Community panel picks Parcel P-3 developer
Plan calls for affordable home ownership, lab space
After months of internal discussion and debate, one development team has now secured the endorsement of the guiding Roxbury Strategic Master Plan Oversight Committee (RSMPOC) to transform a long-vacant parcel into affordable housing, lab and commercial space.
On Monday evening, after a brief presentation from the Boston Planning and Development Agency (BPDA), residents and business owners were able to weigh in with questions and concerns before hearing from the RSMPOC, who announced they would be selecting a proposal from developer HYM and the nonprofit My City at Peace.
The team is a joint venture between Boston-based HYM Investment Group and the real estate company My City at Peace (MyCAP) formed by Rev. Jeffrey Brown. Brown is a pastor with the Twelfth Baptist Church in Roxbury.
Last year the BPDA asked for proposals for the 7.7-acre parcel, which has stood mostly vacant for almost 60 years. The land was initially cleared for an uncompleted highway project and has gone through failed attempts at redevelopment, leaving the lot in limbo.
Two proposals were ultimately submitted — one from HYM and My City at Peace, and another from Tishman Speyer and Ruggles Progressive Partners, a conglomeration of local developers.
The HYM/MyCAP plan includes a five-building complex with affordable and market-rate rental and home-ownership units, lab and retail space, and green space.
The other proposal, from Tishman Speyer and Ruggles Progressive Partners, also included a combination of rental units, home ownership and lab space — though in a different combination.
HYM/MyCAP has plans for 184 home ownership units, 164 of which would be affordable, compared to 62 units, 42 affordable, in the Tishman Speyer/Ruggles plan — a decision that the developer said makes the proposal unique.
“The homeownership opportunities created through the MyCAP and HYM P-3 proposal are important steps toward addressing Boston’s Black Wealth Gap and creating opportunities for communities of color to build equity through homeownership,” said Rev. Brown.
The HYM/MyCAP proposal also includes far more lab space — more than 600,000 square feet, compared to 180,000 square feet in the Tishman Speyer plan. Developers say the lab space will have designated programs for local job creation — another perk.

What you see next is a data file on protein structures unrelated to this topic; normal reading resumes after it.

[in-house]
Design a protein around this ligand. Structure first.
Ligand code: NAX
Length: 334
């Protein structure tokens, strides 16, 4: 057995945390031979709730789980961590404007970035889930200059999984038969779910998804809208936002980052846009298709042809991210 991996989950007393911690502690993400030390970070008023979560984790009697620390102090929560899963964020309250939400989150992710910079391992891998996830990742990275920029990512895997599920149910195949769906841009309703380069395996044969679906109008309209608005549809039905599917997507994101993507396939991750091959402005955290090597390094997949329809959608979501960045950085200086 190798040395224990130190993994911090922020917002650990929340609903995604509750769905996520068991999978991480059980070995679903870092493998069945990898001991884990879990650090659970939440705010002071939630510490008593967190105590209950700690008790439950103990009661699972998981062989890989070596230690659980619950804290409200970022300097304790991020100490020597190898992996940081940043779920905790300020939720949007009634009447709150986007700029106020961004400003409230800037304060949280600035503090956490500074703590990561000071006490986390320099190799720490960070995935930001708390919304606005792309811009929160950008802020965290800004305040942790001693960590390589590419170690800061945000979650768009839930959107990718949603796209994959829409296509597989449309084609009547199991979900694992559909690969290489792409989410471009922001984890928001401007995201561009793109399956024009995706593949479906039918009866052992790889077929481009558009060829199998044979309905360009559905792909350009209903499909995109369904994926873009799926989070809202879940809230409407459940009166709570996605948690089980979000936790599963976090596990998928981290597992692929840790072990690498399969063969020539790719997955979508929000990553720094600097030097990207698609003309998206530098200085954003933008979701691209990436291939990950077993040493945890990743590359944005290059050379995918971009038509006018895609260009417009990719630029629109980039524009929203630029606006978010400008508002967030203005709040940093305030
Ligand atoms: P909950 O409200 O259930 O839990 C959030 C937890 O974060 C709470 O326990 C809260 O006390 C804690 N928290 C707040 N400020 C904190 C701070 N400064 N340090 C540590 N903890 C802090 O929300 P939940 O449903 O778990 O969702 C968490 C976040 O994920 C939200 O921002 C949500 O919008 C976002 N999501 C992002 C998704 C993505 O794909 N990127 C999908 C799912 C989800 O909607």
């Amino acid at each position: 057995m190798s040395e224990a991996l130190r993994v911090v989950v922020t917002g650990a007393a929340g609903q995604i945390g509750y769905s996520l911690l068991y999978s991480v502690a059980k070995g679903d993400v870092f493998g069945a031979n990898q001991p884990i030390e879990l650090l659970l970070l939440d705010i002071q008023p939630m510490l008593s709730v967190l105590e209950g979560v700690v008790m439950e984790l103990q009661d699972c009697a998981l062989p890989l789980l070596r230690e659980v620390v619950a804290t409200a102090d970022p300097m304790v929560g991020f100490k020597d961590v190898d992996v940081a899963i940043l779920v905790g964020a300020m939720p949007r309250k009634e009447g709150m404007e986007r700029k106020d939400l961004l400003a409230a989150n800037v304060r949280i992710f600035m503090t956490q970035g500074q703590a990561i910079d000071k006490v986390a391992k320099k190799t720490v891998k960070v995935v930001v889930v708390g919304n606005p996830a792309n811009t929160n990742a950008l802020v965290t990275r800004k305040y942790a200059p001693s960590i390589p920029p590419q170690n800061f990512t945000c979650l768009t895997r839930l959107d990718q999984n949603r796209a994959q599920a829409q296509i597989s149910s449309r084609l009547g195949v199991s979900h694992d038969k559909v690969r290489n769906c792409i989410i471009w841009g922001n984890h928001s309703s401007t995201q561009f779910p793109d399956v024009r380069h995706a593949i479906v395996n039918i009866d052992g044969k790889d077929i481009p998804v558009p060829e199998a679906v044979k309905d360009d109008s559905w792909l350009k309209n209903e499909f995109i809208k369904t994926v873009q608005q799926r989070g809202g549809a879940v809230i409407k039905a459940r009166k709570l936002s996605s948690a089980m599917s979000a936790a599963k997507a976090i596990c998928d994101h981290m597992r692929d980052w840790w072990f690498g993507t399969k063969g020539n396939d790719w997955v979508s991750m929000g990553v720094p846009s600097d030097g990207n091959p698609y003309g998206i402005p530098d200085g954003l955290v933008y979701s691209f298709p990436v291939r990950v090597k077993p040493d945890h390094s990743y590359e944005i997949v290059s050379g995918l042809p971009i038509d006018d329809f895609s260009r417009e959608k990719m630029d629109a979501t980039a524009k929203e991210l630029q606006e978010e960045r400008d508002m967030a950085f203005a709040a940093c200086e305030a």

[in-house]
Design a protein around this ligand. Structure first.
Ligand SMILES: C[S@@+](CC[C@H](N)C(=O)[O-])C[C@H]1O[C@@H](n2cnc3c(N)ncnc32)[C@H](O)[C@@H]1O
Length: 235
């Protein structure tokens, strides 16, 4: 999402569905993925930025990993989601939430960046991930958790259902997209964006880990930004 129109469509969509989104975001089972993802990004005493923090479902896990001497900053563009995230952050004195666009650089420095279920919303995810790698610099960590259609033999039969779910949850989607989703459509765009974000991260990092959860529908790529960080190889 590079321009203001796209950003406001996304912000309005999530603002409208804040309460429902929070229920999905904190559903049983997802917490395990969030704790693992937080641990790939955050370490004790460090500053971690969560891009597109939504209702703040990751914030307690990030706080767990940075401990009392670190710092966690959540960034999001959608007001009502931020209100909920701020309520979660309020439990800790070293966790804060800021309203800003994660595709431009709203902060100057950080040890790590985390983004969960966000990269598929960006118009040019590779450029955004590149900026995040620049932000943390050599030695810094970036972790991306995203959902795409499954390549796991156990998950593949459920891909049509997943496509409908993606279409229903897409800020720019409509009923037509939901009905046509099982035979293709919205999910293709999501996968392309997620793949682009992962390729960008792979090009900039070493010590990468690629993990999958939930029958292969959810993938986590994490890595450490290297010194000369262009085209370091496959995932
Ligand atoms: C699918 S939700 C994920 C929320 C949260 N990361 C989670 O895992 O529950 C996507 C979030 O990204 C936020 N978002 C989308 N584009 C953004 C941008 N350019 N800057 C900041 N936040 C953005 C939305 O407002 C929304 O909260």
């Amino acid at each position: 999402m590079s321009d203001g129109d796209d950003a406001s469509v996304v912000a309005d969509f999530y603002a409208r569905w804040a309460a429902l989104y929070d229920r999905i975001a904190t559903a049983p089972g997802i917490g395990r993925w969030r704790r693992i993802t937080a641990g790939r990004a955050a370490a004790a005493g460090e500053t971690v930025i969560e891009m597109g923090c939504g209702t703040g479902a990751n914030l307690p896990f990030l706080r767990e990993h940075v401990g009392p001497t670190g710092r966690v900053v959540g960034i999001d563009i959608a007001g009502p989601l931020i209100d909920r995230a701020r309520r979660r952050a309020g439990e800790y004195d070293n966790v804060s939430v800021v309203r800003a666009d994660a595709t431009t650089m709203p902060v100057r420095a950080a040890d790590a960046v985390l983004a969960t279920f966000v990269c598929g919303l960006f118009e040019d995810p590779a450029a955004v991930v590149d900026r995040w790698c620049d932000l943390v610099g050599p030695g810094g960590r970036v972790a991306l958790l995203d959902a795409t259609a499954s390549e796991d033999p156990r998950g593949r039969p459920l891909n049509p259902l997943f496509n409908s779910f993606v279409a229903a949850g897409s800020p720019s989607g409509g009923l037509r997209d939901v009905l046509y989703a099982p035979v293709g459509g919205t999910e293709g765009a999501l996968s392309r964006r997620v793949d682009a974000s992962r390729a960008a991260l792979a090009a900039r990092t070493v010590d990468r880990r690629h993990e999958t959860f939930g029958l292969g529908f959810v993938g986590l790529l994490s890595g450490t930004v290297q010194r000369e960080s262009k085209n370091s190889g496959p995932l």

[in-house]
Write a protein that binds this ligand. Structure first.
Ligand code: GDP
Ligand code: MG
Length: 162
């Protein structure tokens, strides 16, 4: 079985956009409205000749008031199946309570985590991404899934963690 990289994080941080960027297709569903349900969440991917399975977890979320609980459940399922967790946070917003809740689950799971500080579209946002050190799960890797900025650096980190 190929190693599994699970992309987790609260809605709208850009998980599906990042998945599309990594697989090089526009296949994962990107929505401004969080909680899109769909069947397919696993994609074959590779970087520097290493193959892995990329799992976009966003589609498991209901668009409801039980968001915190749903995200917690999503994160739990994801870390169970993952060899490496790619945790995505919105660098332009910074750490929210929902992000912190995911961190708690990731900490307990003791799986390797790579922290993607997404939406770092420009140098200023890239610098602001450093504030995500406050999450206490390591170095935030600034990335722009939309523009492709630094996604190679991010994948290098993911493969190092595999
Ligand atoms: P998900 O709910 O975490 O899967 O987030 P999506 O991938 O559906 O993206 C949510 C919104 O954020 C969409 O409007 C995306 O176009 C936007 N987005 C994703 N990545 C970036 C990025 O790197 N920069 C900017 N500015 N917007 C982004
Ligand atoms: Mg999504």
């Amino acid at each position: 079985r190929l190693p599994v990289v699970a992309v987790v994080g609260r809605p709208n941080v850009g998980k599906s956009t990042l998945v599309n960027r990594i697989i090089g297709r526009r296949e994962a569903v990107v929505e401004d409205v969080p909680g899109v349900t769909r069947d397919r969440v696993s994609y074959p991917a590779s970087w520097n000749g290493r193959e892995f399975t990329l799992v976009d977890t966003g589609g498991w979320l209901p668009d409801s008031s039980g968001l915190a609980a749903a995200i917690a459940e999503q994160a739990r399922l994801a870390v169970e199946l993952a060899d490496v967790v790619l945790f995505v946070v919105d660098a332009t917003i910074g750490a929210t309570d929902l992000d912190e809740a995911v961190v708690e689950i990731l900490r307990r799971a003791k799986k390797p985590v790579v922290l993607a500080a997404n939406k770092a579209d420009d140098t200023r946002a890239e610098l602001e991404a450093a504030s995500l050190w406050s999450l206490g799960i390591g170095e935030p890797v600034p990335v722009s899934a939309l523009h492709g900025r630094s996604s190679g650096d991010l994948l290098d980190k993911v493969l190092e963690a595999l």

“Our P-3 proposal has been intentionally designed to reflect and serve the surrounding Roxbury community and we are honored to have the support of so many key stakeholders and community members, including the RSMPOC,” said Thomas N. O’Brien, managing partner and chief executive officer of HYM.
The team says it will help facilitate a work exchange with local technical programs, including at the Benjamin Franklin Cummings Institute of Technology and Madison Park Technical Vocational High school. That will happen in conjunction with LabCentral Ignite, a subsidiary of life science incubator LabCentral, that will be allotted a 10,000-square-foot training center in the development.
MyCAP and HYM claim their proposal will generate approximately 1,600 construction jobs and over 2,700 permanent jobs.
The proposal also includes the addition of a new museum and policy center for King Boston, a nonprofit organization that celebrates the legacy of Dr. Martin Luther King Jr. and Coretta Scott King.
There are also rental units available as part of the proposal — 282 units, 58% of which are set to be income-restricted.
Last week, another BPDA panel, the Project Review Committee, voted for the HYM /MyCAP proposal 6-3, prompting the competitor, Tishman Speyer, to withdraw its bid. During Monday night’s meeting, RSMPOC leadership mentioned the team had cited financial hardship due to volatile market conditions as the reason for its withdrawal.
The 13-member RSMPOC voted almost unanimously for the HYM/MyCAP bid, with one member abstaining and one absent The next step for the project will be the BPDA approving a tentative design — a step likely to happen sometime this winter. Then, the developer group will have to apply for approvals and permits before breaking ground.